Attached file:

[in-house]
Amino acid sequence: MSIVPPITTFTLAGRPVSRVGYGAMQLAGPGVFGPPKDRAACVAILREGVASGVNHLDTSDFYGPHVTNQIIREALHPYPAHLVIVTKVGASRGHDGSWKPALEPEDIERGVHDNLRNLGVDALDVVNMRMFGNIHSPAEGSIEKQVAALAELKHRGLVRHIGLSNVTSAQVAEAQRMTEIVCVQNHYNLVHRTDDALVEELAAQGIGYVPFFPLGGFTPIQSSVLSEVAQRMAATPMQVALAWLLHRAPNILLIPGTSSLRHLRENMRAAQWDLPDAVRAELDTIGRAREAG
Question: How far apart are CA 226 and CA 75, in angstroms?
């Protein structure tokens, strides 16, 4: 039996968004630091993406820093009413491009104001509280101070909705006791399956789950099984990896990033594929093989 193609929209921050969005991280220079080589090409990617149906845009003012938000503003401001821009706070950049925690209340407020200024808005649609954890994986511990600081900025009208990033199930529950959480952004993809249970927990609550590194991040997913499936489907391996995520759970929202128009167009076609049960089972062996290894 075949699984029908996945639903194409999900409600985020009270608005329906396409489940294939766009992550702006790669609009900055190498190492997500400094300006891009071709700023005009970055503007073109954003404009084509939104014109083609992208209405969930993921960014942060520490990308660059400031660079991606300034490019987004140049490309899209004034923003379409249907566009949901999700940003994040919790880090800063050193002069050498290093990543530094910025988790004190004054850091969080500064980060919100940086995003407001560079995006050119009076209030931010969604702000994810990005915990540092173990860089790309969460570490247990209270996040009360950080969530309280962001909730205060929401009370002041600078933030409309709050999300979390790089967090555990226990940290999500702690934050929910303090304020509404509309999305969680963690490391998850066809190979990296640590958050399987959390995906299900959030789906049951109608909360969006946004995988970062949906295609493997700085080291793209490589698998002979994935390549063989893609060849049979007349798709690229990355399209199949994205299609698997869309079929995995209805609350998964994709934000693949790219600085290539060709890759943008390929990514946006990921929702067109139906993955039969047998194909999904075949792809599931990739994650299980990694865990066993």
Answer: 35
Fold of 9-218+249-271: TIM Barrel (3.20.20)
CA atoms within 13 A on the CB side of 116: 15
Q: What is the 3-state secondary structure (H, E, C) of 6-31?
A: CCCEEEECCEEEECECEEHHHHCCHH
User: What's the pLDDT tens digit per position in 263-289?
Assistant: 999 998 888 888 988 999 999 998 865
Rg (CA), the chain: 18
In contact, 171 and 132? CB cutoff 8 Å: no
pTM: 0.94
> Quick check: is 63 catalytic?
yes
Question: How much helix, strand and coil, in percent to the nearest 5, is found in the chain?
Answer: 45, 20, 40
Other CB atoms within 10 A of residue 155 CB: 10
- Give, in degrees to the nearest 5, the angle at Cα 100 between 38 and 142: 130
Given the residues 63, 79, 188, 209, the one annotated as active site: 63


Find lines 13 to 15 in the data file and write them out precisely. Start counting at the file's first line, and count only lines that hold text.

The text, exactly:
In contact, 171 and 132? CB cutoff 8 Å: no
pTM: 0.94
> Quick check: is 63 catalytic?